Seasoned Salad Oil

Cold, crisp salads are very popular fare when the mercury climbs to unbearable heighths. A lot of times, that's all we want to eat when the weather is sweltering as we've recently been experiencing. If you use a vinegar based salad dressing though, it's going to clash with any refreshing white wine you pare it with. A combination of vinegar and wine makes rumblies in your tummy that you won't like. It's like mixing milk and oj. Get the picture?

It's still possible to enjoy a glass of vino with some greens, however. You just need a dressing that does not use vinegar. Fresh lemon juice mixed with oil can do the trick. It's so easy and economical to whip up your own dressings at home and it's the trendy thing to do--get back to the basics.

When you make your own, you know what's in it, too--no additives, no preservatives, no food coloring, no sugar--in short, nothing suspect and all healthy for you, of course! To make a good jarful of Seasoned Salad Oil , you'll need:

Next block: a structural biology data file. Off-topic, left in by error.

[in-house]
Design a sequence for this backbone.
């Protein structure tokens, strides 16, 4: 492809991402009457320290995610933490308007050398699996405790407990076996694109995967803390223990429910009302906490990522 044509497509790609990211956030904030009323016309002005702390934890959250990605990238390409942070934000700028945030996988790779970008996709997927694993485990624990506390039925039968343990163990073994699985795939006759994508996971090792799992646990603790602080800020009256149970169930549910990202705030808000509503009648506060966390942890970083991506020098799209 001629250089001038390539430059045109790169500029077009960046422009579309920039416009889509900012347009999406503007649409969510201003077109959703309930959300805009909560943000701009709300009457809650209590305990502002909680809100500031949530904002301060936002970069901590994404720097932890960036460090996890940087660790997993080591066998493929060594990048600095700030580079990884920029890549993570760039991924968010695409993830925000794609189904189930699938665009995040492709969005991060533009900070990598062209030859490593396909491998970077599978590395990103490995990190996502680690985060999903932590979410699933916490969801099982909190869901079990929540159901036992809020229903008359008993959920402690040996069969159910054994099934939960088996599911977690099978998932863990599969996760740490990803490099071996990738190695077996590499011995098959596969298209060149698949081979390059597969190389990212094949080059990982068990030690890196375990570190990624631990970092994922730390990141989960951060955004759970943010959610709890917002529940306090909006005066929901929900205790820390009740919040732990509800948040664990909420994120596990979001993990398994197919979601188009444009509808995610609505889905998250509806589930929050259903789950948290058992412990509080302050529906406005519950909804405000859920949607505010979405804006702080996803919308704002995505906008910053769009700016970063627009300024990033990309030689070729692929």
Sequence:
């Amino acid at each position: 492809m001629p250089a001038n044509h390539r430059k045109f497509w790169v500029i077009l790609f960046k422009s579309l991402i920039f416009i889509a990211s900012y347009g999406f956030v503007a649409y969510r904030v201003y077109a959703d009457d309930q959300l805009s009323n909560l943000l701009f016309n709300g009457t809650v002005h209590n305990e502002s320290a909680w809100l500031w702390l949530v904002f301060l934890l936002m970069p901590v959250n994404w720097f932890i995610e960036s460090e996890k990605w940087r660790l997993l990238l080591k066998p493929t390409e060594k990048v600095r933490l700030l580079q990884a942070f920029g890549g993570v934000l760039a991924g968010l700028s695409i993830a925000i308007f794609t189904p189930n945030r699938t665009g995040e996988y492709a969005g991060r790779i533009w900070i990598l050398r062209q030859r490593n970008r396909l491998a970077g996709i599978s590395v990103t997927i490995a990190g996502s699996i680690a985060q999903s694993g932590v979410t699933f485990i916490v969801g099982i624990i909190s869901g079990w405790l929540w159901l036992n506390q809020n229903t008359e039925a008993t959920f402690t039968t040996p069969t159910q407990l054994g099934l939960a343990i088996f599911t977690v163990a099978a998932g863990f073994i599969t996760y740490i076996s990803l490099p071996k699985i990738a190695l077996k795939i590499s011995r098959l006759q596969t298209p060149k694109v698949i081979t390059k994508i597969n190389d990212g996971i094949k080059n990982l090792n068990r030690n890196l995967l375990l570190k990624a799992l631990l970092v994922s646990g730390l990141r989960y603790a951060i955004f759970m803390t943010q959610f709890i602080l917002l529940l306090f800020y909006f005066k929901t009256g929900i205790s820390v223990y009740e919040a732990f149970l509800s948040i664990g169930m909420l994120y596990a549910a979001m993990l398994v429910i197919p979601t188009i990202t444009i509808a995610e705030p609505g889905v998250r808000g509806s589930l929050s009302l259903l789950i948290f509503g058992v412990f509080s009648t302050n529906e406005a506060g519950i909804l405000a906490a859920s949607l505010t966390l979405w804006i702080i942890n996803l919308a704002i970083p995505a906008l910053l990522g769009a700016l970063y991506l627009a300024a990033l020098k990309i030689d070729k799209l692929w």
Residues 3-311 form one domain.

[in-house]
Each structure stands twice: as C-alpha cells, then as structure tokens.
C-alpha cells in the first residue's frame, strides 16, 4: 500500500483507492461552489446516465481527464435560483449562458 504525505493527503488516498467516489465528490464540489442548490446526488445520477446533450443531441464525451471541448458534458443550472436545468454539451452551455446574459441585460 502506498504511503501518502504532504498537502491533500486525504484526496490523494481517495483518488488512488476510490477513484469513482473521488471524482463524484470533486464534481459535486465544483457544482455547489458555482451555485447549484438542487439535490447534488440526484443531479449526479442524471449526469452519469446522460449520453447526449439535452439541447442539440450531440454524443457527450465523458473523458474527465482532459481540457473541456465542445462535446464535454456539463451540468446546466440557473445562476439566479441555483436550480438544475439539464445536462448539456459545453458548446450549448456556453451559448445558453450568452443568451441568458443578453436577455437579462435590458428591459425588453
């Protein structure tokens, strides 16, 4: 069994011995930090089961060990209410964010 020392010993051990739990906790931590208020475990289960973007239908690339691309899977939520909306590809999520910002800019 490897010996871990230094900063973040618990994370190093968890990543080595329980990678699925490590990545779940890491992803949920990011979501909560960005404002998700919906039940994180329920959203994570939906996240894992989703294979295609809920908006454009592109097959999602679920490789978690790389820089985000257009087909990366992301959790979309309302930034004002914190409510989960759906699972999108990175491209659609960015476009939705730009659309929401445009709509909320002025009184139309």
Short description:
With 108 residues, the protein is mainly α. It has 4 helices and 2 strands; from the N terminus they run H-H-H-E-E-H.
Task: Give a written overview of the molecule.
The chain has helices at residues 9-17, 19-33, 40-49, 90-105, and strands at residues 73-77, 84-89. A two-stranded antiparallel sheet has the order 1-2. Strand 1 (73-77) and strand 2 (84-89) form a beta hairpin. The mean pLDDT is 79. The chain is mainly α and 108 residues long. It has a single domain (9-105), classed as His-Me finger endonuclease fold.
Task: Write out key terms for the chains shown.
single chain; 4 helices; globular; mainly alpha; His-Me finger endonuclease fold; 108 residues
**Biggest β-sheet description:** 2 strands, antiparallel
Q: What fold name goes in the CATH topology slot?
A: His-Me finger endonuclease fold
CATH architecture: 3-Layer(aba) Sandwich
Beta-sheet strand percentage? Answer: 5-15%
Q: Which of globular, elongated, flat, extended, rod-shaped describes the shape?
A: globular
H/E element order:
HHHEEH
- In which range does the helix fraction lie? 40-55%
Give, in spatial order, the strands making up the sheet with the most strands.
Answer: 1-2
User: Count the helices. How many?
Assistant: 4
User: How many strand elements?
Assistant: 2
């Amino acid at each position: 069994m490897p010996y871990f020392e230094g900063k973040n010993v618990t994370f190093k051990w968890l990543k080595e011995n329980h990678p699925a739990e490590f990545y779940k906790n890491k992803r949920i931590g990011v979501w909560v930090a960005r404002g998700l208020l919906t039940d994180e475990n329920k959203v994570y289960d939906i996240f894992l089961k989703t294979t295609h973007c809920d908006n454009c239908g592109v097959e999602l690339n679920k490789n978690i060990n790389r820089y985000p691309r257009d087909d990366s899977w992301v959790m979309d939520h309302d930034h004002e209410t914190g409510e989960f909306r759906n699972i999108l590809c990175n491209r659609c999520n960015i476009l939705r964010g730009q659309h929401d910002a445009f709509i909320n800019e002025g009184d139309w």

2 cups                 virgin olive oil
2 cloves               garlic
2 stems                fresh basil with leaves
1/4                    lemon, juiced
pinch                  black pepper
pinch                  salt

Please use the juice of a fresh lemon and not that stuff they sell in a bottle. I don't know what they do to that liquid, but to me, it sure does not taste like lemon juice. Place all the ingredients in a jar and let set over night so that the flavors mingle.

Just before serving, pour it into a blender or food processor and whip it up. Serve it over a nice mixture of bibb lettuce, spinach, roasted red pepper strips and grilled eggplant slices with a wedge of your favorite goat cheese. Left over dressing will keep nicely in the fridge.

Now all you need is a checkered tablecloth, a loaf of French bread and some wine. Try the Guenoc Sauvignon Blanc from California. This winery used to be owned by the actress Lillie Langtry a century ago. They still produce delightful wines. This one is soft and fruity. And as always, a good cook appreciates nature and what it has to offer.